Ditto on Labor and Delivery during residency, where I trained at one of the highest volume birthing hospitals in the region. Since a normal uncomplicated childbirth really isn’t an illness, the documentation was routine and nearly identical. It would have been difficult to find truly unique information to write about some of the patients. I supposed we could have put in frivolous information like, “This blonde Caucasian mother of the adorable blue-eyed infant has no complaints,” but we were tasked with rounding, not writing beautiful, flowing prose.
My problem with the entire issue of cloned notes is that no one really has defined what they consider cloned, making this just another arbitrary way for payers to deny reimbursement. One contractor defines it as, “Documentation that repeats language from previous entries on that patient or from other patients with similar conditions.” I dare anyone to find a note written in the last two decades that doesn’t repeat language in some way, shape, or form.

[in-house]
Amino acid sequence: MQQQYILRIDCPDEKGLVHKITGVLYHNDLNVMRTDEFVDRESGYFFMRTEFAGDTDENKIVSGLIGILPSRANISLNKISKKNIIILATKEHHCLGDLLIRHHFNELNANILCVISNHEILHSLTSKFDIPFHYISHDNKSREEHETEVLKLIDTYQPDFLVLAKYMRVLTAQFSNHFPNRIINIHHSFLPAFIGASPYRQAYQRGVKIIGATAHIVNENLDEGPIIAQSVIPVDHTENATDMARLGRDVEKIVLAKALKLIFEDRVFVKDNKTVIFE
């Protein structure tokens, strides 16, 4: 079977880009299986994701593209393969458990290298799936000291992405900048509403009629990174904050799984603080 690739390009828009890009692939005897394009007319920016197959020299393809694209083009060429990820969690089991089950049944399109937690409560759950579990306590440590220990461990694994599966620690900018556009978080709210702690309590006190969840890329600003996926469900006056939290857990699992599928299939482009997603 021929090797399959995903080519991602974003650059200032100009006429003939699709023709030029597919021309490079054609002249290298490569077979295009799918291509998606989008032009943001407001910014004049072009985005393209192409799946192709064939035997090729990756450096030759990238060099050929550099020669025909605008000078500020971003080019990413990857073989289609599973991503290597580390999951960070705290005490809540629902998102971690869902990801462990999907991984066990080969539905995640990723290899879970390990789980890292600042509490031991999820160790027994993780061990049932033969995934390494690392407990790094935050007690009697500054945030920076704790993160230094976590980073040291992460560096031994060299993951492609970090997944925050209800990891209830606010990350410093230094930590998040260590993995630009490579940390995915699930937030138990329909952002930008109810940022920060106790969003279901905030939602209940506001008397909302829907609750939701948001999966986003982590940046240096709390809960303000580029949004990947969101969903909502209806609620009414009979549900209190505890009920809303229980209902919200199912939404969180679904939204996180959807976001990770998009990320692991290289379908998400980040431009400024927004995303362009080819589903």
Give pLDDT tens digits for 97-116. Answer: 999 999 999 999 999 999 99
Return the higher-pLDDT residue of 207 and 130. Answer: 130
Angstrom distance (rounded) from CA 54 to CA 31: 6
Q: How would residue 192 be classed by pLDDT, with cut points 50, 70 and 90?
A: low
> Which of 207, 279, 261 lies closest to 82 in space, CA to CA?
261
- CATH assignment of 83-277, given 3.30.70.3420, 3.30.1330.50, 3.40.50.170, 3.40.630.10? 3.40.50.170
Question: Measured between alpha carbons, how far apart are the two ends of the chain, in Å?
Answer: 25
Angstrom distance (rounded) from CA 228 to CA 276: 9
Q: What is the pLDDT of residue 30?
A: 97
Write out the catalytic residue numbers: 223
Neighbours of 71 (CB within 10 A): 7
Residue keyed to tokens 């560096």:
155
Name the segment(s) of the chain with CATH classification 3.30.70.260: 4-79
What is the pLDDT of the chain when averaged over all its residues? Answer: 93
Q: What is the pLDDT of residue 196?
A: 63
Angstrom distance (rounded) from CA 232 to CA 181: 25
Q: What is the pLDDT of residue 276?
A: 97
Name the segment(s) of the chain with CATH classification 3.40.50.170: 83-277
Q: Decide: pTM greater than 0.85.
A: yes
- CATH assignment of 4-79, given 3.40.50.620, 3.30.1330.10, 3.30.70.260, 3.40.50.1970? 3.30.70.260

Prior to EHR, I used a homegrown paper template documentation system that created remarkably uniform notes. On the positive side, it also created remarkably high-quality visits. Clinical decision support was baked into the documentation forms for various chief complaints. We often took materials provided by various professional organizations (AAFP, AAP, ACOG, CDC, etc.) and customized it to meet local and payer guidelines. For uncomplicated illness (strep throat, sinusitis, urinary tract infection, etc.) the notes would be strikingly similar from patient to patient.
Why is it bad thing for the physician to document exactly the appropriate information to substantiate level of care and quality? Should extraneous information be required for payment so that the note appears individualized just for the sake of being individualized?
I can easily avoid the appearance of cloned documentation across patients by including nuance information in the history of present illness. I have no problems doing so if it is relevant to the patient’s story and his or her care.